I never heard my dad talk about any other women. He married my mom just a few years later and that was it for 16 years until they divorced. My mom as a very complicated woman to be married to and their relationship was very painful for my dad. So, I think he also didn’t want to go through that again. So, my dad was a confirmed single adult. I think this is why he had so much focus on his kids. We were all he had in life to put his time into until God began to work something new into his heart.
Dad called me one day and said he was going to go to International Falls Minnesota. “Really? What are you going there for?” ” I called my cousin to see what had happened to Monica and I found out she is a widow, and that she is there visiting family.” I hadn’t seen dad so strangely excited in my entire life. Dad went on this trip and came home like a teenager in his heart.
He had learned that Monica had also lived in Denver for a season when he lived there. She had married and had several children and then after many years of illness her husband had died just a few years previously. He said they also talked about the last conversation they had had, Monica straightened him out on one thing. She had not said she didn’t want to marry him, she said she “didn’t want to marry him at this time.” She told him she just didn’t feel ready for marriage at that point.
All of a sudden, dad was consumed with trips to Las Vegas, where Monica lived and letter writing back and forth. He had found his childhood love had been stirred again. I knew that he wasn’t compromising his morals in the least bit but it sure was interesting when he said he was going to Las Vegas to stay for a month!
As I reviewed the ten years prior to his reunion with Monica I saw that the affirmation from Sister Evangeline, the unconditional love from the kids there and his Stephen’s ministry and bible study all worked to soften dad’s heart and allow him to once again search for love. His call to his cousin came from this internal desire.
They Get Married
So, after a few months, dad and Monica decided to get married but they had a hurdle. Dad’s marriage to my mom wasn’t annulled by the church. So, they pursued an annulment through his church in Omaha. Through a lot of paper work and interviews with family members who knew my mom and dad when they got married, the annulment was not approved. So, again, my dad wasn’t satisfied with the process and chose to try again through Monica’s church in Las Vegas. More paperwork and interviews occurred and during the process the priest at her church told them to go ahead and get married by the Justice of the Peace. He said they would continue to pursue the annulment and could get their marriage sanctioned by the church in time but for now his advice was to go ahead.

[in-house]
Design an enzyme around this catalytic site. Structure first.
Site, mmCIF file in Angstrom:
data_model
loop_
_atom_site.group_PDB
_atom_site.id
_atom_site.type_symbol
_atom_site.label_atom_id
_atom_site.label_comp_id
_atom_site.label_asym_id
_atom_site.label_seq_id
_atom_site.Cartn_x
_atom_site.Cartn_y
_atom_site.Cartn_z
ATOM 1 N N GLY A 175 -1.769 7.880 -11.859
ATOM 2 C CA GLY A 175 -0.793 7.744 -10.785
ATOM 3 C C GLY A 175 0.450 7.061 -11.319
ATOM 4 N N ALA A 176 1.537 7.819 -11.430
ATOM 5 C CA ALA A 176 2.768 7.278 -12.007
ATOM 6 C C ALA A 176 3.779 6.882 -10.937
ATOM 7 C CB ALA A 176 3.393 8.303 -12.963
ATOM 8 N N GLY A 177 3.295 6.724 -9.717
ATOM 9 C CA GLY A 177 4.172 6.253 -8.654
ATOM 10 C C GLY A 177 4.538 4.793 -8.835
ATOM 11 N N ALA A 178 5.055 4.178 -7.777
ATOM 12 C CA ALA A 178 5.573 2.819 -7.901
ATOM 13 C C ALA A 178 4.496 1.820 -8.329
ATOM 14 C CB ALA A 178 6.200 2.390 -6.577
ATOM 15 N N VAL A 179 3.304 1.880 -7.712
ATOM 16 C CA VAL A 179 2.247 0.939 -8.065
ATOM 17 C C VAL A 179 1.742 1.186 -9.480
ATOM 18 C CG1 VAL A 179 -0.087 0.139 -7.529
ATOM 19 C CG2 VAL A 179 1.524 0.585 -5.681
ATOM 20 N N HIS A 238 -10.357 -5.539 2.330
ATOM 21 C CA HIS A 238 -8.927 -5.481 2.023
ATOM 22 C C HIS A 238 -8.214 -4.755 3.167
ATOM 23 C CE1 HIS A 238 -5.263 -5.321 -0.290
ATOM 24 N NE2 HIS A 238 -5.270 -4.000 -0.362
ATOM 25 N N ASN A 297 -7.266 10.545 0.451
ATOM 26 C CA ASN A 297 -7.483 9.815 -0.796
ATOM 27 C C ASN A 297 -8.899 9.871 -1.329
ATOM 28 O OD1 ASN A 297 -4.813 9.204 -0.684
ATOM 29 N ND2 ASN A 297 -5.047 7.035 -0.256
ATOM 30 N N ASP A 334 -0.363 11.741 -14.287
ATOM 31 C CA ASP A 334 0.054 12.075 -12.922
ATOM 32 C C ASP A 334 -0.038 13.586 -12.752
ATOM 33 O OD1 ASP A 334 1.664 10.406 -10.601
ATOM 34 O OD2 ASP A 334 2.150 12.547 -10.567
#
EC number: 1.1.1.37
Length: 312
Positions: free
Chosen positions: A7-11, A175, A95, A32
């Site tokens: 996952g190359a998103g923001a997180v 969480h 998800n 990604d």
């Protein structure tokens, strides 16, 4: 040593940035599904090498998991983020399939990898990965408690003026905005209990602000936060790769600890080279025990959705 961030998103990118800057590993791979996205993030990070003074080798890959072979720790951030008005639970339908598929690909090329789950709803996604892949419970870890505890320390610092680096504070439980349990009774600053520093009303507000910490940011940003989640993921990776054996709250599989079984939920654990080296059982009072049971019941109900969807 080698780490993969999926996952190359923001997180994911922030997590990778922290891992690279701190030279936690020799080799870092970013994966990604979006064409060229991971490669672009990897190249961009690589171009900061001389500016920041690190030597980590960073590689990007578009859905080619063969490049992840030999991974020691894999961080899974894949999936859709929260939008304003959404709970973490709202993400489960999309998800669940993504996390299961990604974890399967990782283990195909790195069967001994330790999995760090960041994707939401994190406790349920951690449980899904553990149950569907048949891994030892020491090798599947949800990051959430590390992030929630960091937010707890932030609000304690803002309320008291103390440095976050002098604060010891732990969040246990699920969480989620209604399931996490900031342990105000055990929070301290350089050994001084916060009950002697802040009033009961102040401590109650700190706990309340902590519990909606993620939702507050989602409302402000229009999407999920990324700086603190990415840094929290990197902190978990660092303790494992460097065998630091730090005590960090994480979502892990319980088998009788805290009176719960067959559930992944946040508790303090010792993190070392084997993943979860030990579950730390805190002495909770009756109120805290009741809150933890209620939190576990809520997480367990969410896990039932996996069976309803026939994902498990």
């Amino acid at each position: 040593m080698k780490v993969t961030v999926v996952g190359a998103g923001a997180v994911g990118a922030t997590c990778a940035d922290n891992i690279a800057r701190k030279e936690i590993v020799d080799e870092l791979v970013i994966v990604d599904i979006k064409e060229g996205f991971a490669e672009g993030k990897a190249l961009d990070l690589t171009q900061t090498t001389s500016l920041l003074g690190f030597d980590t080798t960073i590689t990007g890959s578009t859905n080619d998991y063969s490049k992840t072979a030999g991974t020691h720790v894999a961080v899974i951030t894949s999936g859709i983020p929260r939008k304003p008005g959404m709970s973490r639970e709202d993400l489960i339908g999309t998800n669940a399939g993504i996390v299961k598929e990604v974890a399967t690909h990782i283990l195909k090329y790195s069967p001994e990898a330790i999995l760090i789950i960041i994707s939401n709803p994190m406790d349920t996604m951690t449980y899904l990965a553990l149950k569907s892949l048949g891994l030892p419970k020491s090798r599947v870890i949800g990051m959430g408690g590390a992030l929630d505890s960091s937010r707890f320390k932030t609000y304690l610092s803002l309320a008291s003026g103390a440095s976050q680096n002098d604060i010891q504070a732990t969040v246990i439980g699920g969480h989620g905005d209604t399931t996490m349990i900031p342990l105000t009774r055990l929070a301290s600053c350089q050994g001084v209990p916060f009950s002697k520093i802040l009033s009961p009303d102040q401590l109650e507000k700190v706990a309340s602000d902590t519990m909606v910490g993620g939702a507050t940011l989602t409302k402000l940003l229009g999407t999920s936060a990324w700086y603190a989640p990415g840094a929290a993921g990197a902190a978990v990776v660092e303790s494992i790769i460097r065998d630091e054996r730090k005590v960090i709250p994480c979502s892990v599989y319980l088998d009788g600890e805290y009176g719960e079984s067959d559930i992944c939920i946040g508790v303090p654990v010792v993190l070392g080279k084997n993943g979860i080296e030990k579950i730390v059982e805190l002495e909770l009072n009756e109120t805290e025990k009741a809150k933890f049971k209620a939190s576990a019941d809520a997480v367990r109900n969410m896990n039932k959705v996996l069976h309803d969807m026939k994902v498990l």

Well, my dad got some approval from someone he trusted and took advantage of the opportunity. Dad and Monica got married in 1989, the year after Vileen and I got married.
Everyone was ecstatic for them. They really loved each other. It was all positive! After a few months had gone by they got the word that dad’s marriage to my mom had been annulled. Now they could get their marriage fully sanctioned by the church and it was all good.
Vileen and I took a trip to Las Vegas to see them. I could hardly believe my eyes! I had never known my dad as a happily married man. They were so devoted to each other, sacrificed for one another, and were very affectionate with each other. I saw them pray together each night on their knees. They held hands every time they could.
My dad was now not only a model of faith for me to see, but he was modeling a godly marriage for everyone to see. They were both so happy. It wasn’t all a fairy tale, however.
They went through many very challenging circumstances together. Monica had cancer and two knee replacements. Her daughter had severe illnesses and passed away. Her son’s life was a challenge for my dad to experience and found he had to lay down some boundaries to keep their home peaceful. But through it all, their love grew and they had a wonderful marriage and life together.
My dad’s health was a challenge as well. He had a lung disease that he had suffered with from being in India during the war. He had a debilitating chronic cough that had caused emphysema and several bouts with pneumonia. Monica was by his side and always seemed to manage his life, her life, and that of her kids with such grace.
Dad Passed Away
In 1997 we got the call that he was once again in the hospital with pneumonia. It was really severe this time. My sisters and I went out to Las Vegas to see him. He was on a respirator which was very troublesome for him. He got so frustrated that he couldn’t talk with us and writing notes was a real challenge due to having to lay on his back.
The doctor came in to give some tests and we asked him if my dad’s lungs would heal. He said that the disease had caused a hardening in his lungs that would never get any better. He told my dad that he would have to live with a respirator.
After the doctor left dad said he would not live this way and that he was going to have the doctors remove the respirator. We all knew that this would cause his death but my dad’s desires came first. Shortly he communicated his desires to the doctors and they did as he wanted. Dad passed away in about 24 hours.
His plans were to donate his body to the University of Nevada for science. So, there would be no traditional funeral. They had planned to have two memorial services to remember his life. One was in Las Vegas for their friends and Monica’s family there. The other would be in Omaha for all of the other family and long time friends.